snorkelinggirl Master of the Pit OTBS Member

    Thanks, fuzzy!  I own "Charcuterie" and have been planning to buy "Salumi" too.  I hope that things settle down for you soon, so that you can get back to the fun stuff!

  11. Yeah, I was curious about the "couple of days" curing time as well.  I have done two prosciutti in the past in a salt box, but have my first two equilibrium cuts in the fridge right now - two 3-lb loins (a six-pounder cut in half).  I was thinking the ideal curing time would be about 10 days, but I'll be out of the country at that point, so I'm looking at 16 days by the time I get back, plus a couple to finish my curing fridge (awaiting parts).  I'm not too worried about it since they're pretty thick and I went lower (3%) on the salt.  From what I understand, using the equilibrium method, the meat can only get as salty as the amount you put in...

    Anyway, I'm wondering if I should accelerate my curing fridge build and put the loins in before I leave the country... any advice?  Thanks a ton!
  12. xutfuzzy

    xutfuzzy Meat Mopper OTBS Member

    On one hand, I always fully encourage everyone to "accelerate" their plans on a curing chamber.  But, I will say this instead: It took me a while to figure out the long-term eccentricities of my chamber.  I ran it for a couple of weeks without any meat in it just to make sure the fluctuations were minimal and under control.  I've also noticed that my temperature and humidity meters (I've since added a second just in case my first one was "off" and to give me peace of mind about the readings) took a couple of days to acclimate themselves, and you may not want meat curing in that unsteady or unreliable environment.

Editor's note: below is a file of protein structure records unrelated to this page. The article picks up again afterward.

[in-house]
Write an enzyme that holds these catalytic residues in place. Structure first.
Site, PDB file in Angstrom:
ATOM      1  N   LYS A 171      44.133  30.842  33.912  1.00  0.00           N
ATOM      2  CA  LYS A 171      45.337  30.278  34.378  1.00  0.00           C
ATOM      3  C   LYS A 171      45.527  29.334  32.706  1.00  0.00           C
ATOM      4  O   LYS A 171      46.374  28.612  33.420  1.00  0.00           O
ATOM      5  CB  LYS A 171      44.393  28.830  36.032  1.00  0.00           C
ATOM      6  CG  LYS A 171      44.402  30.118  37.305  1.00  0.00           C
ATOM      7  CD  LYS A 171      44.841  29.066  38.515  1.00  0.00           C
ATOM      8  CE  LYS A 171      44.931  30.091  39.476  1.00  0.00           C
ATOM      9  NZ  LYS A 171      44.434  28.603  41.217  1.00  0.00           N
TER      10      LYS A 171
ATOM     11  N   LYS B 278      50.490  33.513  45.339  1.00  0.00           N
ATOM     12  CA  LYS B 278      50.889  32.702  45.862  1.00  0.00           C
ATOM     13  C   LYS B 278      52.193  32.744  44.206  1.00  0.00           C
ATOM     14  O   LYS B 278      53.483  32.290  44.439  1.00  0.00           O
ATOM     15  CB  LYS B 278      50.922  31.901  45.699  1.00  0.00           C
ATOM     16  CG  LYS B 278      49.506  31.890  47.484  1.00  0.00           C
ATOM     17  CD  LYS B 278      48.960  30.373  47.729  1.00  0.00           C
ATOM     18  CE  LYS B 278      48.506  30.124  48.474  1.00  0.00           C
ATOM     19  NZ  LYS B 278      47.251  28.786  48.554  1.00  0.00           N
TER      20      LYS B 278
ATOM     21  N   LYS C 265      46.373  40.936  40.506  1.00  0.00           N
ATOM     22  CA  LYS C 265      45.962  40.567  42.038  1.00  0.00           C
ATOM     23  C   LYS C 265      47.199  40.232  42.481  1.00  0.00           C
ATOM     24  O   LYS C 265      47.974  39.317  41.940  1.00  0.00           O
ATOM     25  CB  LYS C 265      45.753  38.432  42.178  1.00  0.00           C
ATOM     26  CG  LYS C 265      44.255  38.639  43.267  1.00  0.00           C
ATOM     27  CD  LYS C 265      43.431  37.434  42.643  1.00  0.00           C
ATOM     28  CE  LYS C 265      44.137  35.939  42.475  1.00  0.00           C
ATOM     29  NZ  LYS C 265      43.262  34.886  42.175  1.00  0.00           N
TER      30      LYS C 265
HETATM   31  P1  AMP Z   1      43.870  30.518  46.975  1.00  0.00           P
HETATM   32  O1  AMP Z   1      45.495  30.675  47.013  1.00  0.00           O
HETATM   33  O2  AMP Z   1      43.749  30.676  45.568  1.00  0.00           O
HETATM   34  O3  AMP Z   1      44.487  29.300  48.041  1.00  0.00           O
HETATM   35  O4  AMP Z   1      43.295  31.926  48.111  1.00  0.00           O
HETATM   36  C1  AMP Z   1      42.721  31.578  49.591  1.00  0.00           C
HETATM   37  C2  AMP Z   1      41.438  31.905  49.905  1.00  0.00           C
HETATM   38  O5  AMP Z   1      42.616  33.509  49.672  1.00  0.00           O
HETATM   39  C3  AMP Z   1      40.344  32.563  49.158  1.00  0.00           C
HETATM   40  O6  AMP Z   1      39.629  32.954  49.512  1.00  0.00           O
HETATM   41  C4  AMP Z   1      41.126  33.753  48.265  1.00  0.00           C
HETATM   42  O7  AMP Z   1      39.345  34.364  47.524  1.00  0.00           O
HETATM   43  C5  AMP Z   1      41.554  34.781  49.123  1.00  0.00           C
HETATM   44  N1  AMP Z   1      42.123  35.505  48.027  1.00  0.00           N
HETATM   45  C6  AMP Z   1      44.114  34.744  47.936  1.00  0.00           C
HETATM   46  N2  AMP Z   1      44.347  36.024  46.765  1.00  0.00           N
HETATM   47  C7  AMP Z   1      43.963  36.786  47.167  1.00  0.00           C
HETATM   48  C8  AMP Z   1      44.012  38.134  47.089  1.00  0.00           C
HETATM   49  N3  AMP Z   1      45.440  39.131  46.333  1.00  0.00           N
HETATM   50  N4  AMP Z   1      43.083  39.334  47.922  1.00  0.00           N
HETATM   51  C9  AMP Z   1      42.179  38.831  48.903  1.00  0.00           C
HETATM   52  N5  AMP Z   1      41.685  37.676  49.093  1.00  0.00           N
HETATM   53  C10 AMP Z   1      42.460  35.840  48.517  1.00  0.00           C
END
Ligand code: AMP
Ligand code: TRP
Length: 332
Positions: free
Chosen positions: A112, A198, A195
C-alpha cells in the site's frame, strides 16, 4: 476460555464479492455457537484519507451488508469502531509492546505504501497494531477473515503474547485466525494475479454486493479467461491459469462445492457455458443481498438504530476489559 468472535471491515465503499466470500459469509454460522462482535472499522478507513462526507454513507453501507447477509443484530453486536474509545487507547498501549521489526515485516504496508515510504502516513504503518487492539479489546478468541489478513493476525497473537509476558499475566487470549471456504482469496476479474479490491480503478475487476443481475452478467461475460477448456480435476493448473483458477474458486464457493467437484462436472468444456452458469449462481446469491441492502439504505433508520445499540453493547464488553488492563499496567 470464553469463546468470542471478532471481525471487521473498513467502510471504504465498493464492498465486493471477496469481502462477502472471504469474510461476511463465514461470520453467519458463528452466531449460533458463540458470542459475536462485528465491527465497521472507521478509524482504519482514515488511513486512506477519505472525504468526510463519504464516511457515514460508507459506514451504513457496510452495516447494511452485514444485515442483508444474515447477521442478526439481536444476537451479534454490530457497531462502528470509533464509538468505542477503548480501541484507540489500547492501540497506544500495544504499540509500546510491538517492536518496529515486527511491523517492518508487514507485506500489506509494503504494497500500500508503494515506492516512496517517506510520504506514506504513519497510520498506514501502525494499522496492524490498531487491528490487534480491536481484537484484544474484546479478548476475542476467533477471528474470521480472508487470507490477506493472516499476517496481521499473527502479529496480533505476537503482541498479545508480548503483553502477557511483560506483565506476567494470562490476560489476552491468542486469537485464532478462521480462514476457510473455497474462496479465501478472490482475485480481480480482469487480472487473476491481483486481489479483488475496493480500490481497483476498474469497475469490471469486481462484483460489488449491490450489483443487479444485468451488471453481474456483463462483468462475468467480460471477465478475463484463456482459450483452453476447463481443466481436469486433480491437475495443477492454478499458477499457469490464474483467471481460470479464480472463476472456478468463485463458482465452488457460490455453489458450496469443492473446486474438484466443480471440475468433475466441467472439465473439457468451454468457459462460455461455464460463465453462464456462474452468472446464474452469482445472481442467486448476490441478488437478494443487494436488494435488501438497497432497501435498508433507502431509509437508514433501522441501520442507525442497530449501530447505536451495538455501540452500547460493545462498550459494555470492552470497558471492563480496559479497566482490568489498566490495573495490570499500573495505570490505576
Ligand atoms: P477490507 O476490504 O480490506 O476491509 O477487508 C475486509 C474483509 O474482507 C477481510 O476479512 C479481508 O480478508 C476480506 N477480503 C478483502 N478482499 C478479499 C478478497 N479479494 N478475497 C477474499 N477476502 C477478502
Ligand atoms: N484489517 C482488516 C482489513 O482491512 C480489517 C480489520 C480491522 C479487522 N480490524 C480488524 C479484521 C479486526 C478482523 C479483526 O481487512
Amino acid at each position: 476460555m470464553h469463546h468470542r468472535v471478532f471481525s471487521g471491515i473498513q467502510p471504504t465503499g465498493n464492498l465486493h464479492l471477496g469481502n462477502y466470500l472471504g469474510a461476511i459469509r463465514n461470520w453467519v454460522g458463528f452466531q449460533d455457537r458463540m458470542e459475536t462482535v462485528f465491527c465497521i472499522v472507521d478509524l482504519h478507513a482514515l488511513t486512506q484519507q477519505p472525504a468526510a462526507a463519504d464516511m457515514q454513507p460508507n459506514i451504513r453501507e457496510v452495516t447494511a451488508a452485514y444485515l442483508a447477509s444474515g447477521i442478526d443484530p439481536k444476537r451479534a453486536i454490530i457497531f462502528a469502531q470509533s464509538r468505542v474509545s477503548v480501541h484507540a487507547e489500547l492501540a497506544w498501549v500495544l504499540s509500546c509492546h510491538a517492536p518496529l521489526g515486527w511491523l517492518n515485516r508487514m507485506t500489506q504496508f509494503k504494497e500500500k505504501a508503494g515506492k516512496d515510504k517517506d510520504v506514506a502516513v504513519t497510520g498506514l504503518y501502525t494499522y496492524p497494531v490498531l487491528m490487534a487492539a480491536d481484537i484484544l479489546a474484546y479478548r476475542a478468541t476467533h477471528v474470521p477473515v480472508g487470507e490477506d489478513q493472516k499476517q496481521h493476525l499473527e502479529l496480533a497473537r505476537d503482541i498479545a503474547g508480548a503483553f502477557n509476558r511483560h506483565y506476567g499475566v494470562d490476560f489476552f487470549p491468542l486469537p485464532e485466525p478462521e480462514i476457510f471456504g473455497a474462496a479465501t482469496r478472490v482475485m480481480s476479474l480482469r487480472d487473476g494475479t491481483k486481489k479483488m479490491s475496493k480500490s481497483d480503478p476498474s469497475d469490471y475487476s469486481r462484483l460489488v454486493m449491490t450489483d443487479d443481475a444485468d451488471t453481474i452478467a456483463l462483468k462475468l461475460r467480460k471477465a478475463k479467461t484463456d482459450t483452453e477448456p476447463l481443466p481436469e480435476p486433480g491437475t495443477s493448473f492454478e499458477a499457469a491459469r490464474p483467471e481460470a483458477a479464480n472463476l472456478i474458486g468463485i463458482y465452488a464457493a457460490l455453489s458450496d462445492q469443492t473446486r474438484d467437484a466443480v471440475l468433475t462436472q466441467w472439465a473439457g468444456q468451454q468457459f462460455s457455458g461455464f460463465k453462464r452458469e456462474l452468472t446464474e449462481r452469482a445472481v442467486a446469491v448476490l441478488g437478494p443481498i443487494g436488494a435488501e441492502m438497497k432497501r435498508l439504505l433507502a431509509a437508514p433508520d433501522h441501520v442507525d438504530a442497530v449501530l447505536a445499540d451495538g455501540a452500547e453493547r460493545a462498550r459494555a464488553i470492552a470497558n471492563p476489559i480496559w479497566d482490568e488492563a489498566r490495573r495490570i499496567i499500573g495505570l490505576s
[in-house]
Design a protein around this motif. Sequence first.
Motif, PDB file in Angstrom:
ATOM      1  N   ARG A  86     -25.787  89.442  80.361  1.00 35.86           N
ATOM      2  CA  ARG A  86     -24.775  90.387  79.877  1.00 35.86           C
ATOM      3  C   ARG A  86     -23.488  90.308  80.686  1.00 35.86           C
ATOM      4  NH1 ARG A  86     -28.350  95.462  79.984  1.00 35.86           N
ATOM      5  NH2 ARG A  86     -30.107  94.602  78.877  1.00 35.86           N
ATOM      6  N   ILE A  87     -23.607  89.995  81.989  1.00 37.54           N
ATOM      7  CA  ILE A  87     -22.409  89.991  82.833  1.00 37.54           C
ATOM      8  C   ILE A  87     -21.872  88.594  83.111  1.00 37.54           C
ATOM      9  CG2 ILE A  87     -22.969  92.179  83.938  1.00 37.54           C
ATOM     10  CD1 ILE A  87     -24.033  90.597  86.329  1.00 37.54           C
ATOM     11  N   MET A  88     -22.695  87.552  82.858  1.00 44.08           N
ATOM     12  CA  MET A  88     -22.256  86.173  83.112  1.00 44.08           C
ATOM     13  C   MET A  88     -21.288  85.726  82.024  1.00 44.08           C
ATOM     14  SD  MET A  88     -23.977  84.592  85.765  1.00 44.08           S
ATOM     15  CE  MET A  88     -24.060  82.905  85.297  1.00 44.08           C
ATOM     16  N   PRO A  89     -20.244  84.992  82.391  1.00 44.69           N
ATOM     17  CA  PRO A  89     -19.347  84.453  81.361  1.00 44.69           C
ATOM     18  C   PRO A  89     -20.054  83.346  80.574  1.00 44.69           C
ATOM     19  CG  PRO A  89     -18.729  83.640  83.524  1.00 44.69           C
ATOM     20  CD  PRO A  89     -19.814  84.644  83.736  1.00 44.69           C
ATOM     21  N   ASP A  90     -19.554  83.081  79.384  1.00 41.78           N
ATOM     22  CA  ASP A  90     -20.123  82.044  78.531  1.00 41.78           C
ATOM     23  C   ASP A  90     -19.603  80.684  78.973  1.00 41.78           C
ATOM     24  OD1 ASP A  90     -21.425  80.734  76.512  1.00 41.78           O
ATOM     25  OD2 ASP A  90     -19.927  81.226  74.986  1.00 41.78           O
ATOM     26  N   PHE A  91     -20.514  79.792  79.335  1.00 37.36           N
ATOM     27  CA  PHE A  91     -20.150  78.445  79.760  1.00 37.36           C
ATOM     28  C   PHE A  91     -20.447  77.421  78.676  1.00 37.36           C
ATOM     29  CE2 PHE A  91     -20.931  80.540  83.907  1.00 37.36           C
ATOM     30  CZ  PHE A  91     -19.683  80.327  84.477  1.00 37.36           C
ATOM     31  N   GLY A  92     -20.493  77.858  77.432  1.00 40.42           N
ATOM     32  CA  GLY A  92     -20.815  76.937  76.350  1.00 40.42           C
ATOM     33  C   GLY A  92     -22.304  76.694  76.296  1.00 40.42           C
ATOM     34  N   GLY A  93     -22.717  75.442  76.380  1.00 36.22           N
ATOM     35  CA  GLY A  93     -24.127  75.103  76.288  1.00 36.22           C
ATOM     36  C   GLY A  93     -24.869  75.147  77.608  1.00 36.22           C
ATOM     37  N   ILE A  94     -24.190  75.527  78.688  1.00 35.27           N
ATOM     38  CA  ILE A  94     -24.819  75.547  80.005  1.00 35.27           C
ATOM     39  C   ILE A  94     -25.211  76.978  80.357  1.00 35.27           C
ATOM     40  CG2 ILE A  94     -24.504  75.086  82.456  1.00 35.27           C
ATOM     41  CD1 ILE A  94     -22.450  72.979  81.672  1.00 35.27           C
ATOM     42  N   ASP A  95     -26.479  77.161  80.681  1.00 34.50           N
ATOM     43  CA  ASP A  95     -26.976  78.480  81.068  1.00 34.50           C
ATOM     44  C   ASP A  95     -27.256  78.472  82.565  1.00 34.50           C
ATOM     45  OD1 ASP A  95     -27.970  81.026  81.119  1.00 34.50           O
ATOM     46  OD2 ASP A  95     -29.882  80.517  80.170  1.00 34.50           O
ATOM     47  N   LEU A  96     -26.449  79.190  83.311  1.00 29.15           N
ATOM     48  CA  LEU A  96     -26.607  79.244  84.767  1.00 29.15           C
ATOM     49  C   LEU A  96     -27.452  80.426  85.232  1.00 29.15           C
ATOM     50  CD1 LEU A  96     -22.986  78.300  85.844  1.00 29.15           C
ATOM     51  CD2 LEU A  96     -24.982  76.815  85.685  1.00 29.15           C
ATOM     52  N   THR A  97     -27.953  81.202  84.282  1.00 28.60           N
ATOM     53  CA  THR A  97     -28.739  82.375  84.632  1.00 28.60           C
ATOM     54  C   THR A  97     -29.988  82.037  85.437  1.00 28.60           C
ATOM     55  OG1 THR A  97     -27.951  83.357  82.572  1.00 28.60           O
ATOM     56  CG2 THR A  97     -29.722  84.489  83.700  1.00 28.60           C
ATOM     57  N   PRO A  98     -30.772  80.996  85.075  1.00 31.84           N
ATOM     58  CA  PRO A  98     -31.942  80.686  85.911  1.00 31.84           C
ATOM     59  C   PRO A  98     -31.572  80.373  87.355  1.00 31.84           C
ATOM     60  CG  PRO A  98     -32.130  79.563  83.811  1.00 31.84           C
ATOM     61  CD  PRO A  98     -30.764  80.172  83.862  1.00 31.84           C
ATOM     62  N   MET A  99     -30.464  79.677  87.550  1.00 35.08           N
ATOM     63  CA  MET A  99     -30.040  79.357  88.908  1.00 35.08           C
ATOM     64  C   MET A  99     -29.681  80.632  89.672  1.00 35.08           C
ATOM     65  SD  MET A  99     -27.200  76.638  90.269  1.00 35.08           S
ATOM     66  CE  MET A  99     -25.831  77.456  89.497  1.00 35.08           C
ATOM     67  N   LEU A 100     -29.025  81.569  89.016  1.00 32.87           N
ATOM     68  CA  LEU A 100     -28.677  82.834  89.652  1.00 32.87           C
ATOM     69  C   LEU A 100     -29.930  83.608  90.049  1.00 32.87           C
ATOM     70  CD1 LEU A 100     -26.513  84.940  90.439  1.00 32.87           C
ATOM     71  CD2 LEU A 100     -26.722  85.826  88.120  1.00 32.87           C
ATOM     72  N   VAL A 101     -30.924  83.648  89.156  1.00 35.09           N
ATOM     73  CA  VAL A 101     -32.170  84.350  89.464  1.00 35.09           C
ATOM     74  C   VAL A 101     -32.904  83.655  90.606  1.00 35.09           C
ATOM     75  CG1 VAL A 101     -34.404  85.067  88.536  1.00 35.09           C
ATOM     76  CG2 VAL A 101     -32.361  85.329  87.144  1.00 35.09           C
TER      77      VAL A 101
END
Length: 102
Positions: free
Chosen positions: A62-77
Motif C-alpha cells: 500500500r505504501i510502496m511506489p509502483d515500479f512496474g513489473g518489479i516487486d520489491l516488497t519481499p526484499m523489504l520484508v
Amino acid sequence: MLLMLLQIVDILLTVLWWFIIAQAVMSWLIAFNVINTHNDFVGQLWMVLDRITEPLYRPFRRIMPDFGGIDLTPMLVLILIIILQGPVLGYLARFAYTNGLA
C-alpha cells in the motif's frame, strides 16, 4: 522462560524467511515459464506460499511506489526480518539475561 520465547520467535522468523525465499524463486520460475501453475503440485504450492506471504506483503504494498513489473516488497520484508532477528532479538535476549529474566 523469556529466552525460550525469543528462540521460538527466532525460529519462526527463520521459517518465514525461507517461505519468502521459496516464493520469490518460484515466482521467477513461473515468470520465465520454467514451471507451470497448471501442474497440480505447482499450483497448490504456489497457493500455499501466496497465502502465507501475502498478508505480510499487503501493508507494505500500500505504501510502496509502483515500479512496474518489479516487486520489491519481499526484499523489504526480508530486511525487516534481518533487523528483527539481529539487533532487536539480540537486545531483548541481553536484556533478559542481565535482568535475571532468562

Just my two cents. 
  13. xutfuzzy

    xutfuzzy Meat Mopper OTBS Member

    Oh, and just as a follow-up...I've since sliced and served this to friends, and the reviews were full of praise and smiles.
  14. Thanks for the quick reply.  Good point about acclimating - I'm actually hoping my temp controller (STC-1000) shows up before I leave so I can wire it up and let the fridge run and equalize while I'm gone.  For now, I'm going with the tub of watery salt (salty water?) in the bottom to maintain humidity, but I'll come up with a better solution over time...

    Anyway, I'm going to leave the lonzini (lonzinos :) in the cure while I'm gone and hope for the best.  Thanks again!
  15. It looks good. But you know the original copa is only cured with salt and pepper.
    Post from a French charcuterie lover.
  16. daveomak

    daveomak Smoking Guru OTBS Member SMF Premier Member

    Yep..... they didn't know there was some stray nitrate hanging around in their salt....
  17. danmcg

    danmcg Master of the Pit OTBS Member SMF Premier Member

    What temp and humidity are you running in you chamber?
  18. xutfuzzy

    xutfuzzy Meat Mopper OTBS Member

    Sorry to get back to you so late...anyway, I was running the chamber at 55-58 degrees and about 70% humidity, as those were the directions in the book.   Currently, I have some salami going (post coming eventually) and it is running about 80-85% percent humidity, as those are the directions there.